UK initiative to enhance Africa’s research capacity

Britain’s Institute of Development Studies, or IDS, will select nine African universities over two years to participate in a new programme to boost the research and teaching practices of academics working in agriculture, health and the environment. The British government is funding the scheme with a £2 million (US$3 million) grant.

The first three universities will be selected by this March based on a ‘closed-call’ for partners, said Siobhan Duvigneau, project manager of the three-and-half-year African Universities’ Research Approaches, or AURA, programme project.

“These partners will be selected from research activities already underway in IDS and our partner institutions. This might include institutions who are currently working with our research teams, have worked with us in the past or are connected through similar networks,” she told University World News.

A further six institutions will be selected in two and three years, she said.

The project is led by IDS and also involves the Information Training and Outreach Centre for Africa, or ITOCA, based in South Africa and Loughborough University in the United Kingdom.

Duvigneau said the plan is to enhance the research capacity of African academics, which entails improving their capacity to produce research and generate local research that will address socio-economic challenges facing their county or the continent at large.

“We will help academics to create research-led teaching and learning environments so that they can foster the research capabilities, critical thinking and independent learning skills of their students. All key areas addressing continent-wide goals,” she said.

Programme aims

According to its concept note the programme focuses on the production and communication of research while emphasising strong research skills, information and evidence literacy and effective research behaviours and practices.

The aim is to ensure that faculty innovate their teaching practices by introducing a range of context-specific teaching and learning methods that will develop research-apprenticeships and encourage graduates to develop independent learning skills.

Duvigneau said that the project partners would intensively and initially work with one university department, and each department would be expected to revitalise their curricula. Each university would be expected to also introduce the programme’s approaches to other departments.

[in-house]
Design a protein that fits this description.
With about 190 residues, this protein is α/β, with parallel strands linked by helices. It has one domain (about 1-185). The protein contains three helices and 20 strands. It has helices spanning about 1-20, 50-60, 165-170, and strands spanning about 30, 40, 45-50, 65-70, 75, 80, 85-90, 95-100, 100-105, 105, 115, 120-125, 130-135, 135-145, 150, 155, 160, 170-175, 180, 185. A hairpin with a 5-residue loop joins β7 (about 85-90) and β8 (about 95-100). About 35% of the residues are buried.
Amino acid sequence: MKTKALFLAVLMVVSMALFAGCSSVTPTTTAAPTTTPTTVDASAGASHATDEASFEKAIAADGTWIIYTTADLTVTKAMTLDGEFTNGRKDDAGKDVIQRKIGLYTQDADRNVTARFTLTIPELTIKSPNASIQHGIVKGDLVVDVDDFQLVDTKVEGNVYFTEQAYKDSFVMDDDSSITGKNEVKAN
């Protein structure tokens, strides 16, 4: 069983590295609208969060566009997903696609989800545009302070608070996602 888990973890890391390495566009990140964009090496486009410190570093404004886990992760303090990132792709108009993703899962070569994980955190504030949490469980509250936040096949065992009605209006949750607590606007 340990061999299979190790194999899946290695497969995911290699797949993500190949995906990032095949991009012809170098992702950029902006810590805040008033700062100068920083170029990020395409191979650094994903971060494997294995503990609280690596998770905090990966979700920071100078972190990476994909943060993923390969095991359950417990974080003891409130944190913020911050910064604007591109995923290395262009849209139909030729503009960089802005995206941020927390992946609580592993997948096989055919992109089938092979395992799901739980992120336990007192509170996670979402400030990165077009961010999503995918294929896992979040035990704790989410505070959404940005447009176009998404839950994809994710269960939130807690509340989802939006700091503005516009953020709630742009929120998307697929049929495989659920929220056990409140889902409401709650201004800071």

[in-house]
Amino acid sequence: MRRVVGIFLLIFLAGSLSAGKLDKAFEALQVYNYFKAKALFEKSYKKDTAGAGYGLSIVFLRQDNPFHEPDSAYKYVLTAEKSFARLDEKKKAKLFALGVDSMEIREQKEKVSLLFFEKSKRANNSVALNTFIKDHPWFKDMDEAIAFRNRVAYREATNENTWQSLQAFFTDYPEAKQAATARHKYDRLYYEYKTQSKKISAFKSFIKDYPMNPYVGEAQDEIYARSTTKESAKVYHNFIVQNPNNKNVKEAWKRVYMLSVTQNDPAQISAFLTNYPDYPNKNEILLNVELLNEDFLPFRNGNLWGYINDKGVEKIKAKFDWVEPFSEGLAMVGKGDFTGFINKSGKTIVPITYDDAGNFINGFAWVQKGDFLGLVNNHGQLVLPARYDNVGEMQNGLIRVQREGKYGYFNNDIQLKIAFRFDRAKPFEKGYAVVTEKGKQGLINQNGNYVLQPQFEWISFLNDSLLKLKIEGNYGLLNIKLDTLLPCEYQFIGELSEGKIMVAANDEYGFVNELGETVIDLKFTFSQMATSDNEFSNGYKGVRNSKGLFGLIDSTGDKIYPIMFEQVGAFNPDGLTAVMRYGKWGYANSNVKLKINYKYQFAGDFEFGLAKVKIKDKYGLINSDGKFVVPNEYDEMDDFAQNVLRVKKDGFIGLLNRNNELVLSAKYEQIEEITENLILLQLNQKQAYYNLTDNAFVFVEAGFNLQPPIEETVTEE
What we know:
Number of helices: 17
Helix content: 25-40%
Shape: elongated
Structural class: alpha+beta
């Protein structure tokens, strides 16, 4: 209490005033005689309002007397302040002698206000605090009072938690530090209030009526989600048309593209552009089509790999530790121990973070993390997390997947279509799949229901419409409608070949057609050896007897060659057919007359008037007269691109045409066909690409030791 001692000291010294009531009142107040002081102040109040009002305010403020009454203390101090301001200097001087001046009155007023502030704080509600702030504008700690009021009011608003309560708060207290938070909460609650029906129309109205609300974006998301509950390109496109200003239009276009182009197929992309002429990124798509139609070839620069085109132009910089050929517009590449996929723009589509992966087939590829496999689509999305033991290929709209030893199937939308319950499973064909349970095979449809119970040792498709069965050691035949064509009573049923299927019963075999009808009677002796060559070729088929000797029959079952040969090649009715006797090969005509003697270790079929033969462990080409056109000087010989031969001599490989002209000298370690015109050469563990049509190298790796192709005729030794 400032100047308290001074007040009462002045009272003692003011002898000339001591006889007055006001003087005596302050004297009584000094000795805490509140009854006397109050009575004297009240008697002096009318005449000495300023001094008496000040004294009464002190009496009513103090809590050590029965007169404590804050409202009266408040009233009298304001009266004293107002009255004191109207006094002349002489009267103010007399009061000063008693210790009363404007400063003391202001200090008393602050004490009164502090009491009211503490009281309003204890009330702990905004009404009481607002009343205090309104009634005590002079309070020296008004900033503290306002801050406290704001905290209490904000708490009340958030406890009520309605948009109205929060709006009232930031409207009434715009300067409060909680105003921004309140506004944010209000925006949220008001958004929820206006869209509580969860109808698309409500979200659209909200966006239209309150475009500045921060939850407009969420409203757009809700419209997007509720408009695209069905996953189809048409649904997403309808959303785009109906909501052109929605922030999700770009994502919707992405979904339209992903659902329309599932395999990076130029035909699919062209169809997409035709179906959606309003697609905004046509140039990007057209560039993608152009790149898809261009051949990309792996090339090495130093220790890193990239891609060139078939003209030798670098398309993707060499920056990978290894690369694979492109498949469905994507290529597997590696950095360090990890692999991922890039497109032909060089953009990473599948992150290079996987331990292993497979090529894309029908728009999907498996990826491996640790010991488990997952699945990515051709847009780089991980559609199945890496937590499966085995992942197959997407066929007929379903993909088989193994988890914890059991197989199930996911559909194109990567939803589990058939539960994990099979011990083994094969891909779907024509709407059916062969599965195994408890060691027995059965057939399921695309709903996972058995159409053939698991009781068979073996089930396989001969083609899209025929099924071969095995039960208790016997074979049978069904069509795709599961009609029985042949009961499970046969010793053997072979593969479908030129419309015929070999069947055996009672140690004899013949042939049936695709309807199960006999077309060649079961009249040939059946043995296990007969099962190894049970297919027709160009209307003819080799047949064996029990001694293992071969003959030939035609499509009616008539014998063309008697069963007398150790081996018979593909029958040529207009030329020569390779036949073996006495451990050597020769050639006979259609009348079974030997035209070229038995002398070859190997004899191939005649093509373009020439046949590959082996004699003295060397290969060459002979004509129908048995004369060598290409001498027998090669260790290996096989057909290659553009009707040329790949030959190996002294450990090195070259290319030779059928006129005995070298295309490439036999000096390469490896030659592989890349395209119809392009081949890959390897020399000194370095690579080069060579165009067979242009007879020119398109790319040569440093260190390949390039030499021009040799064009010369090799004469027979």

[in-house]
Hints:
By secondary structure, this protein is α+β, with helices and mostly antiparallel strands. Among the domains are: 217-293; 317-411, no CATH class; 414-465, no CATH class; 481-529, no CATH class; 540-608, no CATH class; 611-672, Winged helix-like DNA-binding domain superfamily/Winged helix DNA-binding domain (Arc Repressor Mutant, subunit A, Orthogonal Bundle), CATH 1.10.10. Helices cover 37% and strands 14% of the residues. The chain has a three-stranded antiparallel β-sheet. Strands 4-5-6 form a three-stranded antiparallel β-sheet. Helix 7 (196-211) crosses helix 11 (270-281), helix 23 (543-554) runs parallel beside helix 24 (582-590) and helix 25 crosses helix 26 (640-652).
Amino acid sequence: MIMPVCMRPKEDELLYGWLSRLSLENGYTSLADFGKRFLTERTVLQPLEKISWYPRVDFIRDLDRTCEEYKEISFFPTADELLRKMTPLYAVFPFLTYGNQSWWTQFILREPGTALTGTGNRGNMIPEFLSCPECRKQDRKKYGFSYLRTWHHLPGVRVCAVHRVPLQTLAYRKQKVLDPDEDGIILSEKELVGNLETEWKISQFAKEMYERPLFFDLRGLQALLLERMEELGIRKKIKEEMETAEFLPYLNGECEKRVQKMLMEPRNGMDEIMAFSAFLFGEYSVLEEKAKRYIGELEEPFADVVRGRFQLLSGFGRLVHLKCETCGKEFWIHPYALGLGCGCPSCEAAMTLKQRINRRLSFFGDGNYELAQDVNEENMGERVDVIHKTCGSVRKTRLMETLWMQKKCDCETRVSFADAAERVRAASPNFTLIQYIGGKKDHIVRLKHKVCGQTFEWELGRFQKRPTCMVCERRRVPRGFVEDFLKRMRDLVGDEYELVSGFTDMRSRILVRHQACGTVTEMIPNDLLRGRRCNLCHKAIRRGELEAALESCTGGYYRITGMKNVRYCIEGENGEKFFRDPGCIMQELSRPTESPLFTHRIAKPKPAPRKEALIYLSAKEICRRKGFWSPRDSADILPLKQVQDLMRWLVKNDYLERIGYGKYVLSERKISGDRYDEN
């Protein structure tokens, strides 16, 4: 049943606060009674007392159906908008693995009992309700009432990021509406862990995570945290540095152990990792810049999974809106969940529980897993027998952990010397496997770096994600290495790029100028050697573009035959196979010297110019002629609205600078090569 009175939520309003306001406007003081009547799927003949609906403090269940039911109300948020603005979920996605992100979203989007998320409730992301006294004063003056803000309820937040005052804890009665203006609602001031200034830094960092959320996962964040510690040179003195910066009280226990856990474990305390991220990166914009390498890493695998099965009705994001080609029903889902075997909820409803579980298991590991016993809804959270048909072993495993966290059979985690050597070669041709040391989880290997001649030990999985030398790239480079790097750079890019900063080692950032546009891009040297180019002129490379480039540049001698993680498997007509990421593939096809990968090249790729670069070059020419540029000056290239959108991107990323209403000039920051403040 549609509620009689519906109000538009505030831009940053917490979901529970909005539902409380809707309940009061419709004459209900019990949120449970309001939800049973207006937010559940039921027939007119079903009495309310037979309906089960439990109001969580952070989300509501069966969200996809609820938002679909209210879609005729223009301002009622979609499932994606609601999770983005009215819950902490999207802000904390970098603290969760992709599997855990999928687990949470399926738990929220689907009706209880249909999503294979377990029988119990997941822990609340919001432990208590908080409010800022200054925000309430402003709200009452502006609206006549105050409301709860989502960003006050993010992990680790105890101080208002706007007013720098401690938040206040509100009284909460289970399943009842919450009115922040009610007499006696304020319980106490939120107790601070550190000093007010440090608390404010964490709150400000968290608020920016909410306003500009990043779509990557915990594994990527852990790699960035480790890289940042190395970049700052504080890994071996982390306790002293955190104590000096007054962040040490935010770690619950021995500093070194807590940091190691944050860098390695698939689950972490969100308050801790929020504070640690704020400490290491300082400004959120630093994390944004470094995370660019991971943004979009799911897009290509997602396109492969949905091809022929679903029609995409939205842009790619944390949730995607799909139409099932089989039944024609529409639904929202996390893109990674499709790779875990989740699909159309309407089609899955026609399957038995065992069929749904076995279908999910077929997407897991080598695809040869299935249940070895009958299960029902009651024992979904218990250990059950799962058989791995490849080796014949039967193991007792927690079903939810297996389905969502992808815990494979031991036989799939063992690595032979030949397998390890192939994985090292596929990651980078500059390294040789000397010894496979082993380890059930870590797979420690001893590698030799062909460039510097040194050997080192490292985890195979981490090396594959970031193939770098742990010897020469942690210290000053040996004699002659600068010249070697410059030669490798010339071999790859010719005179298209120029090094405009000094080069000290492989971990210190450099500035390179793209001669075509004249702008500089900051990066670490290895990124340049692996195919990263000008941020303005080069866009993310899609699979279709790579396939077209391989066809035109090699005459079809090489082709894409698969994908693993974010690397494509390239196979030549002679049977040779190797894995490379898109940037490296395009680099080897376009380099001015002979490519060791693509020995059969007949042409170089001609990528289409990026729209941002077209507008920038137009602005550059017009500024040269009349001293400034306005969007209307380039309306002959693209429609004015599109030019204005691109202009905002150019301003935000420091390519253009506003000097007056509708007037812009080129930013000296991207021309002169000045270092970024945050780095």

She said health, agriculture and the environment where chosen as these areas were critical to addressing socio-economic challenges and development issues – such as under-nutrition, poverty alleviation and equality.

These broad themes are also areas of research undertaken by IDS and are the thematic areas covered by the Research4Life or R4L programme – an information portal providing free access to peer-reviewed articles for eligible countries.

The Information Training and Outreach Centre for Africa is the official trainer in the suite of R4L products in Africa. ITOCA is a capacity development organisation, and is responsible for disseminating the training and working with universities and professional services to revitalise curricula. It will also play a role in sharing learning about the programme.

Dr Mark Hepworth, reader in information behaviour at Loughborough University, will lead the development of a thematic research methods and skills course, as well as assist with the development of a teaching and learning framework for sharing with other universities across the continent. Hepworth will also produce research publications on the programme.

“At least 130 in the first year will benefit directly from the programme, although we hope to work with more academics within each partner institution,” said Duvigneau, adding that more accurate figures would be known after selection of partner institutions in the first year.

She said institutions that were not directly involved would also be able to engage with the programme through online learning events and training courses. “This should benefit a significantly higher number of academics and professional staff,” she said.